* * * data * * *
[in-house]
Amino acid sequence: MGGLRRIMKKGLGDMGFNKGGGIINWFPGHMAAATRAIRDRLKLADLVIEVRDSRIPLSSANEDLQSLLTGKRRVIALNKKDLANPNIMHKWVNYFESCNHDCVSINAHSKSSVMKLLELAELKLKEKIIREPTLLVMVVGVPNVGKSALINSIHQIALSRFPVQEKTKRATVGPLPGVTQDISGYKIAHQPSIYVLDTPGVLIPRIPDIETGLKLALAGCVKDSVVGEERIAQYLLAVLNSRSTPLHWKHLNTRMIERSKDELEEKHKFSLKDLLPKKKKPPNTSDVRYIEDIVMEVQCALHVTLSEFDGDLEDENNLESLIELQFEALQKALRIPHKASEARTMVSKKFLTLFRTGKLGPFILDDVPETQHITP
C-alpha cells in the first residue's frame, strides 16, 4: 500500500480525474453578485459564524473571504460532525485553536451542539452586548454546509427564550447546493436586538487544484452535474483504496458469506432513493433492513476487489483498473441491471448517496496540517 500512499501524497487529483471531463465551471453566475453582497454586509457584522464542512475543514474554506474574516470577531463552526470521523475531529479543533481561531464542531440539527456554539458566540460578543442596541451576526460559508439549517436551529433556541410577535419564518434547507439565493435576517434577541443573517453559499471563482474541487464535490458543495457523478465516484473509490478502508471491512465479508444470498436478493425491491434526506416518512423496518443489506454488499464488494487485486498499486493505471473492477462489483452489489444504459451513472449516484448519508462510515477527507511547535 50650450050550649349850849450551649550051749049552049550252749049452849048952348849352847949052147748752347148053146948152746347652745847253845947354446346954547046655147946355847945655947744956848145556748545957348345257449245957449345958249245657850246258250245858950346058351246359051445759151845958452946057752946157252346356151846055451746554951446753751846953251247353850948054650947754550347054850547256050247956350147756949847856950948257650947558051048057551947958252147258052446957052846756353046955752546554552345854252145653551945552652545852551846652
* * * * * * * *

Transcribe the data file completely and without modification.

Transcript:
[in-house]
Amino acid sequence: MGGLRRIMKKGLGDMGFNKGGGIINWFPGHMAAATRAIRDRLKLADLVIEVRDSRIPLSSANEDLQSLLTGKRRVIALNKKDLANPNIMHKWVNYFESCNHDCVSINAHSKSSVMKLLELAELKLKEKIIREPTLLVMVVGVPNVGKSALINSIHQIALSRFPVQEKTKRATVGPLPGVTQDISGYKIAHQPSIYVLDTPGVLIPRIPDIETGLKLALAGCVKDSVVGEERIAQYLLAVLNSRSTPLHWKHLNTRMIERSKDELEEKHKFSLKDLLPKKKKPPNTSDVRYIEDIVMEVQCALHVTLSEFDGDLEDENNLESLIELQFEALQKALRIPHKASEARTMVSKKFLTLFRTGKLGPFILDDVPETQHITP
C-alpha cells in the first residue's frame, strides 16, 4: 500500500480525474453578485459564524473571504460532525485553536451542539452586548454546509427564550447546493436586538487544484452535474483504496458469506432513493433492513476487489483498473441491471448517496496540517 500512499501524497487529483471531463465551471453566475453582497454586509457584522464542512475543514474554506474574516470577531463552526470521523475531529479543533481561531464542531440539527456554539458566540460578543442596541451576526460559508439549517436551529433556541410577535419564518434547507439565493435576517434577541443573517453559499471563482474541487464535490458543495457523478465516484473509490478502508471491512465479508444470498436478493425491491434526506416518512423496518443489506454488499464488494487485486498499486493505471473492477462489483452489489444504459451513472449516484448519508462510515477527507511547535 50650450050550649349850849450551649550051749049552049550252749049452849048952348849352847949052147748752347148053146948152746347652745847253845947354446346954547046655147946355847945655947744956848145556748545957348345257449245957449345958249245657850246258250245858950346058351246359051445759151845958452946057752946157252346356151846055451746554951446753751846953251247353850948054650947754550347054850547256050247956350147756949847856950948257650947558051048057551947958252147258052446957052846756353046955752546554552345854252145653551945552652545852551846652